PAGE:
Around this time last year, gas cost around $2.20 on average.
As of Oct. 4, gas prices had risen to $3.20 per gallon – a price that hasn’t been seen since October 2014 – said an American Automobile Association press release. Why are the prices going up?
According to AAA, the reason for the increase can most likely be traced back to a slight uptick in demand as COVID-19 pandemic restrictions lifted and the high price ($73 per barrel) of crude oil.
“Global economic uncertainty and supply chain concerns caused by the lingering COVID-19 pandemic could be playing a role in keeping crude oil prices elevated,” said Andrew Gross, AAA spokesperson. “But, there may be some relief on the horizon due to the news that OPEC and its allies might ramp up production increases faster than previously agreed.”
OPEC is an intergovernmental organization of 13 oil-exporting nations that coordinates and unifies petroleum policies. According to CNBC, OPEC decided Monday to stick to an existing schedule for output of 400,000 barrels per day.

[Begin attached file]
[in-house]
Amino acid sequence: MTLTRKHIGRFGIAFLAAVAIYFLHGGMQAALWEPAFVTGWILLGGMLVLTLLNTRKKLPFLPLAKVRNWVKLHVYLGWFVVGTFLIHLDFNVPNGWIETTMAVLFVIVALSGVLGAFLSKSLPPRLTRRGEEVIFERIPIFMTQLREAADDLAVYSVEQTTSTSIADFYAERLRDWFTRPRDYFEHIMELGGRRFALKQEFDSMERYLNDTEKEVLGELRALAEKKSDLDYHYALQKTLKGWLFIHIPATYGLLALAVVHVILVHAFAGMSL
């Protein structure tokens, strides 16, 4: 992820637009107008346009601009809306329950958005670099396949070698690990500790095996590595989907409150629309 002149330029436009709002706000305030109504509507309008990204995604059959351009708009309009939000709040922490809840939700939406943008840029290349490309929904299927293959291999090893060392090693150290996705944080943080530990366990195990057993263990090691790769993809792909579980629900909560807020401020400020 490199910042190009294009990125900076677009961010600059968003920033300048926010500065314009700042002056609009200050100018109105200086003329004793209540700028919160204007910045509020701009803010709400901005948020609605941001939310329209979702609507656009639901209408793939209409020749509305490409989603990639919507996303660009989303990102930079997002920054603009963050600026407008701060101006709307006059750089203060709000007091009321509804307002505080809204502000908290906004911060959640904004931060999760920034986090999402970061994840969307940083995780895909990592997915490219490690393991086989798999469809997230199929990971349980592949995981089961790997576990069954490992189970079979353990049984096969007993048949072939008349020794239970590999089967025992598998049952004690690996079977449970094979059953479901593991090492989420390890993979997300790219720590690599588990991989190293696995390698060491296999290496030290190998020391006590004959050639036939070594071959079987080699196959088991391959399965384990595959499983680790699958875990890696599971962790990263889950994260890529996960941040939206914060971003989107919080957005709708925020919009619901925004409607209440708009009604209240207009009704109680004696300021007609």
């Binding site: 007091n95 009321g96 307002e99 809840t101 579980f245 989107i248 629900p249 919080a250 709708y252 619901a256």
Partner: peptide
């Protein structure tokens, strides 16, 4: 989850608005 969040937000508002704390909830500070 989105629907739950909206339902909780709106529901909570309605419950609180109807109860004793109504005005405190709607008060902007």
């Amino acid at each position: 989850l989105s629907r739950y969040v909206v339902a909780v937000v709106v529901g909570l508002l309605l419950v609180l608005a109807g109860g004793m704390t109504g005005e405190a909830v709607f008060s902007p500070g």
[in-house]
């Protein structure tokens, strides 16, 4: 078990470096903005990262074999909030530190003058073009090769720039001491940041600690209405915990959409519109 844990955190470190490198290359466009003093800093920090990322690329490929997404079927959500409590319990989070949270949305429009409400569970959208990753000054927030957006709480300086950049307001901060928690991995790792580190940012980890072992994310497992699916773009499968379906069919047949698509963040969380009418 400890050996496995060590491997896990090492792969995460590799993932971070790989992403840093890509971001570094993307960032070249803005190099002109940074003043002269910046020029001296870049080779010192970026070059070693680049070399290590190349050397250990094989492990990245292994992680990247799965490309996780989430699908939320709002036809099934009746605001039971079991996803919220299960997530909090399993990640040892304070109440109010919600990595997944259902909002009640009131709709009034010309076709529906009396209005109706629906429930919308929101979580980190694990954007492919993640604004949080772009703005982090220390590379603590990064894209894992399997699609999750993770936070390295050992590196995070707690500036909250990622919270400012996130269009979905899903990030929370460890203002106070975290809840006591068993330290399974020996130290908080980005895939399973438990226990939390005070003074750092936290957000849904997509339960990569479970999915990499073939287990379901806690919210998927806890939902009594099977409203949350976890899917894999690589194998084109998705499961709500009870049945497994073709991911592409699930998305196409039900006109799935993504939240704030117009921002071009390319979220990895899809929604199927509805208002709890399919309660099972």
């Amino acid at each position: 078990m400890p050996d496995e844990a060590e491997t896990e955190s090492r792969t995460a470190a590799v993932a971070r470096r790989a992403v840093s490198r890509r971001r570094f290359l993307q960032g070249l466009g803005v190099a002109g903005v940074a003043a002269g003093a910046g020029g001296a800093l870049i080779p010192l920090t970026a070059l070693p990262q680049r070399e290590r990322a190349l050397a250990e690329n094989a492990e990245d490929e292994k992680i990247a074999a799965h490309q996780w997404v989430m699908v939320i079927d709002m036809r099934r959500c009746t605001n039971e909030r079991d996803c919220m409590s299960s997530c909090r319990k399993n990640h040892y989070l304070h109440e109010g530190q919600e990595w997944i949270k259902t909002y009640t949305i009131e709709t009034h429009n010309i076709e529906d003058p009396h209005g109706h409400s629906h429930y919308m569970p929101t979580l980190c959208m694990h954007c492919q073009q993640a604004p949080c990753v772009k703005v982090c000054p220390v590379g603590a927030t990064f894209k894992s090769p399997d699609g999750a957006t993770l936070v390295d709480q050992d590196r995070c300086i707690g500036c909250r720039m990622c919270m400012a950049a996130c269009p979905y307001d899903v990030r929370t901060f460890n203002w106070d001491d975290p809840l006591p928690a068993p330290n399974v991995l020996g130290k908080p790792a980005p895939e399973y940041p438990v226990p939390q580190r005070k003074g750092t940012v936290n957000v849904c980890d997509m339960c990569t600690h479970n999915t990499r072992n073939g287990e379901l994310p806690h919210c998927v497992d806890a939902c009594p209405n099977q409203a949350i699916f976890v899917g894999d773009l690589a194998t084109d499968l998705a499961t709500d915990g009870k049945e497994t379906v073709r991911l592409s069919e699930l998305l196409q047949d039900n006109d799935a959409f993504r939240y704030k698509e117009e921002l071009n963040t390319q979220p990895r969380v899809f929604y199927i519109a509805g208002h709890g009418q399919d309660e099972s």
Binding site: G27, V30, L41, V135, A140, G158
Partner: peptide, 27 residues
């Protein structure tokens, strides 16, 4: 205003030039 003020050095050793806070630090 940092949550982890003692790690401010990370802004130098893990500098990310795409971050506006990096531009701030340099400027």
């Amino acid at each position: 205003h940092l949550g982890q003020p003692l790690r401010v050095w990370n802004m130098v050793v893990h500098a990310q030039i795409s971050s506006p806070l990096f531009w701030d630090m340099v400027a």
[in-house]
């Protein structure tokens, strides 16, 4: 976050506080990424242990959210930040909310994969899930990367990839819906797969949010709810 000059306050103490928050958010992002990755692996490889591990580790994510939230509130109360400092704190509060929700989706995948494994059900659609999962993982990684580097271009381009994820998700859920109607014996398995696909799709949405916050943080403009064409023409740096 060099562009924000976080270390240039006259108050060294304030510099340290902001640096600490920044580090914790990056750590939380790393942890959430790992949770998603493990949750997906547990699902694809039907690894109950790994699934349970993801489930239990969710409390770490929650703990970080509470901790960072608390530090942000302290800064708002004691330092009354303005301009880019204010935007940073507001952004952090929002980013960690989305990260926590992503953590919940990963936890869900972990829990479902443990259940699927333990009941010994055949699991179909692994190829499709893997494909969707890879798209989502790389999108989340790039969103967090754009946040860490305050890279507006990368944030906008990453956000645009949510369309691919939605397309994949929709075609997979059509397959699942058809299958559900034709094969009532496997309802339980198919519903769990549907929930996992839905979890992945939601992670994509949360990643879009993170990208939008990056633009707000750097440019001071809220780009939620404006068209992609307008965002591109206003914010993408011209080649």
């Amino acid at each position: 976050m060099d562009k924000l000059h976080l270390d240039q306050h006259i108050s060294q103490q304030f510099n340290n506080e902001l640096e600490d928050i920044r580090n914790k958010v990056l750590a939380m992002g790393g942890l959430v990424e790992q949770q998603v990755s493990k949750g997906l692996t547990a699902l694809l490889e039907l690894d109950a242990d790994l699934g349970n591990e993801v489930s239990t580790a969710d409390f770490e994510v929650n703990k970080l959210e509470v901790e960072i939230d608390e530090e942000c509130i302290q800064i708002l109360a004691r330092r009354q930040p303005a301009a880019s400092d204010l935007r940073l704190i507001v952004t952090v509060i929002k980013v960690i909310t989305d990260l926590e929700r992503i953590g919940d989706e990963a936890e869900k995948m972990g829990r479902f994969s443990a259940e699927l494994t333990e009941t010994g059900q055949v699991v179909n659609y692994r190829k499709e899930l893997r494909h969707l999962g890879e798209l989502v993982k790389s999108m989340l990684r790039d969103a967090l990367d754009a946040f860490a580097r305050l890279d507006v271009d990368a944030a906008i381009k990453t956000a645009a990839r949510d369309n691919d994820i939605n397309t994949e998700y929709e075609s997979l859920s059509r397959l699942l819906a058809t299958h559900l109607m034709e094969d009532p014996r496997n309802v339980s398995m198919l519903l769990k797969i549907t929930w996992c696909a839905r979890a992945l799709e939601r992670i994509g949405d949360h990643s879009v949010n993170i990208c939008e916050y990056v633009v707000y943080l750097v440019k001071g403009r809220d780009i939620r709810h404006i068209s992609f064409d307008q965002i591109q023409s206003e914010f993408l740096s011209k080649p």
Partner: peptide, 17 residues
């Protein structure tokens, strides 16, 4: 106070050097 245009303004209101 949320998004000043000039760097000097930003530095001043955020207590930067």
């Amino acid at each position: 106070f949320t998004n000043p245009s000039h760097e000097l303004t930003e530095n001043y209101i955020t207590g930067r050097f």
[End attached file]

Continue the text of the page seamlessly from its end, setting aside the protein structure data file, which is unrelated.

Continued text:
New data from the Energy Information Administration indicates that total domestic gasoline stocks increased slightly last week, said AAA. Gasoline demand also rose.
However, according to the EIA, oil and natural gas production was lower than pre-pandemic levels from 2019. That is what kept crude oil prices high.
Areas hit hardest by the price jump this week include Ohio, Arizona, North Carolina, Illinois, Missouri, Washington D.C., Kanas, Virginia, West Virginia and Iowa. Overall, the most expensive markets for gas are California, Hawaii, Nevada, Washington, Idaho, Oregon, Utah, Alaska, Colorado and Wyoming.
In California, where the average price is $4.42, prices in Mono County, have topped $5, said CNBC.